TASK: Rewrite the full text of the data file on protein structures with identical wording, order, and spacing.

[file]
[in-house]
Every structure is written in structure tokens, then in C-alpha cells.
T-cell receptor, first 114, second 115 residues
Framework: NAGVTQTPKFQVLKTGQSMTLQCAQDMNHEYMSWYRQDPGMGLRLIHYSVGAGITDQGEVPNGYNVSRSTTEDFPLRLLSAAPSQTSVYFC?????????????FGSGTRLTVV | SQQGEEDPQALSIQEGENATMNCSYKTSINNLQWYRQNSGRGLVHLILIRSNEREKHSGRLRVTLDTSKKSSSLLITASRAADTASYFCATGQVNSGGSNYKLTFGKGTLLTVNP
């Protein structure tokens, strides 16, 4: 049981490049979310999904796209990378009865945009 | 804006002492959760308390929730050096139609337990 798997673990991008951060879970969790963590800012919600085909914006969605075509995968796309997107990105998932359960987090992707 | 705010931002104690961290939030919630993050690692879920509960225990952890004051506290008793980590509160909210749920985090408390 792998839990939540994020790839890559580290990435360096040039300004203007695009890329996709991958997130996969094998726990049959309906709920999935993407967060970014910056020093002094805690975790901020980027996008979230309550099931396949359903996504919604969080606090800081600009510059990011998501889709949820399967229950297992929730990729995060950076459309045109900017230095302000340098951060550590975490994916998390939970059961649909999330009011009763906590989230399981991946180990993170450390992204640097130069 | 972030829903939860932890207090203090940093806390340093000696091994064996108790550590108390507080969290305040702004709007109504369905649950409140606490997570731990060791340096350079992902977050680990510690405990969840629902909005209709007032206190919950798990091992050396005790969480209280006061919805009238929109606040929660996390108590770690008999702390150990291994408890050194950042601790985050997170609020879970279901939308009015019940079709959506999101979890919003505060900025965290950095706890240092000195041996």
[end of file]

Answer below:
[in-house]
Every structure is written in structure tokens, then in C-alpha cells.
T-cell receptor, first 114, second 115 residues
Framework: NAGVTQTPKFQVLKTGQSMTLQCAQDMNHEYMSWYRQDPGMGLRLIHYSVGAGITDQGEVPNGYNVSRSTTEDFPLRLLSAAPSQTSVYFC?????????????FGSGTRLTVV | SQQGEEDPQALSIQEGENATMNCSYKTSINNLQWYRQNSGRGLVHLILIRSNEREKHSGRLRVTLDTSKKSSSLLITASRAADTASYFCATGQVNSGGSNYKLTFGKGTLLTVNP
């Protein structure tokens, strides 16, 4: 049981490049979310999904796209990378009865945009 | 804006002492959760308390929730050096139609337990 798997673990991008951060879970969790963590800012919600085909914006969605075509995968796309997107990105998932359960987090992707 | 705010931002104690961290939030919630993050690692879920509960225990952890004051506290008793980590509160909210749920985090408390 792998839990939540994020790839890559580290990435360096040039300004203007695009890329996709991958997130996969094998726990049959309906709920999935993407967060970014910056020093002094805690975790901020980027996008979230309550099931396949359903996504919604969080606090800081600009510059990011998501889709949820399967229950297992929730990729995060950076459309045109900017230095302000340098951060550590975490994916998390939970059961649909999330009011009763906590989230399981991946180990993170450390992204640097130069 | 972030829903939860932890207090203090940093806390340093000696091994064996108790550590108390507080969290305040702004709007109504369905649950409140606490997570731990060791340096350079992902977050680990510690405990969840629902909005209709007032206190919950798990091992050396005790969480209280006061919805009238929109606040929660996390108590770690008999702390150990291994408890050194950042601790985050997170609020879970279901939308009015019940079709959506999101979890919003505060900025965290950095706890240092000195041996």